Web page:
The trade shows dried up once COVID hit. Safety measures and lockdowns closed conference centres and hotel meeting rooms across the GTA and elsewhere around the province.

Stopping the spread became a priority for many Canadians, and businesses struggled with decisions made as a result.

“COVID, just like with every business, came and annihilated business for us. One of the biggest things it did was wipe out our supply chain,” Lewis told BDM. “We were getting a lot of teas from Sri Lanka, Kenya, China and Japan, and sourcing teas from those areas became really difficult.”

The entrepreneur started hosting virtual tea tastings, but he said it wasn’t enough. “I couldn’t ship the products easily because Canada Post was going through it at the time.”

So he went back to the drawing board. He took a pause to work on his professional development and “started reimagining what a tea company could look like in a post-pandemic scenario.”

Dedicated, Lewis focused on coming back stronger.

He went back to high school and got his diploma. Soon after, he enrolled in online university courses at Copenhagen University and Penn State in leadership, operations management and supply chain management to learn how he could do business better upon rebranding his concept.

He also landed a role at Shopify as a content creator, and learned more about e-commerce tactics and strategies. Today, he does private marketing consultations with small- to medium-sized businesses.

“It's important that even in the success, and while growing a business, you find times where you kind of sit back and reflect: ‘What's going to make us last 10 more years or 20 more years?’ And that was that time for me. It was about looking at our business. How we operated, got exposed,” he said.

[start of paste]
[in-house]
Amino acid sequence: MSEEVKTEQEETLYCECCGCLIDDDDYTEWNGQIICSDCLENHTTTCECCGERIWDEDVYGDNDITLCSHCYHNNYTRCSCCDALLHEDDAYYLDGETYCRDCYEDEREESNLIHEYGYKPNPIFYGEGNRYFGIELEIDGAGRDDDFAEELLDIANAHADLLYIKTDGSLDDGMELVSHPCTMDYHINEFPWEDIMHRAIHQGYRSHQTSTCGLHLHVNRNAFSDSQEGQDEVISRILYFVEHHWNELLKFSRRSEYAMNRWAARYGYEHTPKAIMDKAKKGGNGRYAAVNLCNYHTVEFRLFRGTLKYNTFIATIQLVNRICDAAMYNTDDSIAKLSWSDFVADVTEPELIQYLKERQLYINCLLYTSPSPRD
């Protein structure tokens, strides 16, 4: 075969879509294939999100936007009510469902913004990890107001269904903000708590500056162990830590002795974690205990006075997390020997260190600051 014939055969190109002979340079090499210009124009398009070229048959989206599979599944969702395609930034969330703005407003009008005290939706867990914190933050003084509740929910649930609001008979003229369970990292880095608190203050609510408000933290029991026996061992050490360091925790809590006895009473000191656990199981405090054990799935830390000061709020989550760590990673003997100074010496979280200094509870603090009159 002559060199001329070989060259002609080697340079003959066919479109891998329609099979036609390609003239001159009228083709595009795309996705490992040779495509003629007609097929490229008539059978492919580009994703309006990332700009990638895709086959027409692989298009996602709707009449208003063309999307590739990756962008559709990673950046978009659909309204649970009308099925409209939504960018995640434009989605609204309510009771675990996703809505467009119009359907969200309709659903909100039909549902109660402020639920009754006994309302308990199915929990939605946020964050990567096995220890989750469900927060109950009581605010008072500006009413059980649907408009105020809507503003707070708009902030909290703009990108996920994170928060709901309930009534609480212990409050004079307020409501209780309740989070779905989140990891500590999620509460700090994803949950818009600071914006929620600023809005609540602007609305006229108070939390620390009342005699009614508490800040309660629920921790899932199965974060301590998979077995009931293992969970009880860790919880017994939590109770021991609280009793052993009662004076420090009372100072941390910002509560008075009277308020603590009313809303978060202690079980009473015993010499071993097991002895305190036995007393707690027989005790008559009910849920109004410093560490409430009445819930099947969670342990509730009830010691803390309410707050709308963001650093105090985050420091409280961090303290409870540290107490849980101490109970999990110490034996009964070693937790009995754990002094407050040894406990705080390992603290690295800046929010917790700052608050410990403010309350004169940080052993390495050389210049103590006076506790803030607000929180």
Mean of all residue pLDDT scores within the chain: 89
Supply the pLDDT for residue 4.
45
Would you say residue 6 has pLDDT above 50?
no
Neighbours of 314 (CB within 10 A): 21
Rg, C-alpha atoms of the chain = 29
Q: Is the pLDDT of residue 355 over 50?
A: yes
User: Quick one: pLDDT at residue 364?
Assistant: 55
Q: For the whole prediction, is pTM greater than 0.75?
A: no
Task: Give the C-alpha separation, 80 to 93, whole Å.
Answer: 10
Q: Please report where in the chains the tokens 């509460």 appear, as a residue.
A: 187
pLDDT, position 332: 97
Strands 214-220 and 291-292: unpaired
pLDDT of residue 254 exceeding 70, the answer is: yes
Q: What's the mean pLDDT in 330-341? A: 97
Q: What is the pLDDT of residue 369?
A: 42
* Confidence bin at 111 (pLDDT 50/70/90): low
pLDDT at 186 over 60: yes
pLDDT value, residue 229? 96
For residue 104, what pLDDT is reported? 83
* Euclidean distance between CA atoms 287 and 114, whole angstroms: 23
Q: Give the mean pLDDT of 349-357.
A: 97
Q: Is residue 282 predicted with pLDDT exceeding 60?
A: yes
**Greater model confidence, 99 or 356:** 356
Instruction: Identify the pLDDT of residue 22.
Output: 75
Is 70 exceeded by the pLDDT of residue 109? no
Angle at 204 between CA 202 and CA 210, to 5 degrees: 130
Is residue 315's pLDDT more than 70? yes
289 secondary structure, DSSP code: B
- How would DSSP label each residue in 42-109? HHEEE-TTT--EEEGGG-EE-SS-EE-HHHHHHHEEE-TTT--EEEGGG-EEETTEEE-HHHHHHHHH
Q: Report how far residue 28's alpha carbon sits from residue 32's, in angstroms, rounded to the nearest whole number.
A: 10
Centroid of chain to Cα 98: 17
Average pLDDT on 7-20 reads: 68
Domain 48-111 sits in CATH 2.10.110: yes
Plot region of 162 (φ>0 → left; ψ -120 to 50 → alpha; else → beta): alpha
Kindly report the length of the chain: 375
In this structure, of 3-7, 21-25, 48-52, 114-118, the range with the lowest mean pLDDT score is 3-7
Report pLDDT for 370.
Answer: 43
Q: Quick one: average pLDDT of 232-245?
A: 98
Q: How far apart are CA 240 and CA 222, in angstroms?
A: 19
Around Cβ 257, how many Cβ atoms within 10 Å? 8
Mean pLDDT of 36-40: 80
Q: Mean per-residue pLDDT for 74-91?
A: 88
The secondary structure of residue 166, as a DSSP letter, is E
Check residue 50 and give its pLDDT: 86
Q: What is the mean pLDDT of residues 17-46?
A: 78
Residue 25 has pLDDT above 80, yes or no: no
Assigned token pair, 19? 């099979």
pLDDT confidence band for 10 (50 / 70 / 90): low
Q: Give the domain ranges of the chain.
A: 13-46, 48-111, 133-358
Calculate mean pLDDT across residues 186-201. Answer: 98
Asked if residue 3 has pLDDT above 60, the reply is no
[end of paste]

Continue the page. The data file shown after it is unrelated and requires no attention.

At the Chai Bar, business is booming. By keeping away from the food court, which he relied on during his first run with T by Daniel, he’s been able to capitalize on high-end traffic in the dense shopping areas of three GTA malls.

“One of our stores is amazing, and I think I found my model,” he said. “The goal is not to operate the stores; the goal is to franchise. I’m focusing on building the franchise system, and in doing that, I need to keep focusing on what’s working.”

Lewis said he plans to complete his franchise program for Daniel’s Chai Bar in early 2023.

A Daniel's Chai Bar store located in Vaughan Mills shopping mall in Vaughan, Ont. PHOTO by Jordan Maxwell

Chai Bar owner bringing ‘P.O.P’ to Brampton’s youth

Lewis credited the power of personality (POP) with being the key to business — and vital to his success. Bringing the energy to attract customers or investors, whether a pitch, sales call or front counter, can go a long way, he added.

Now, the chair-elect of the Brampton Board of Trade wants to bring that POP to his new role in governance, unlock the potential of Brampton’s youth, and make the city more competitive in the region.

“My vision is really to, and this may sound cliché, but to put Brampton in a better light,” Lewis told BDM in an interview. “I said from the jump when joining the board, that I think the narrative of Brampton holds brands and their potential back. I’d love to be a part of changing the narrative.”

While some entrepreneurs view the Chamber of Commerce as more focused on major companies and organizations, Lewis said, he wants young businessowners to feel as though they can make the same connections he did when he was selling tea at Brampton Board of Trade events.

“There's so much talent and potential, but I don't think we're really involved enough. And so, I'm hoping to be a poster child for that.”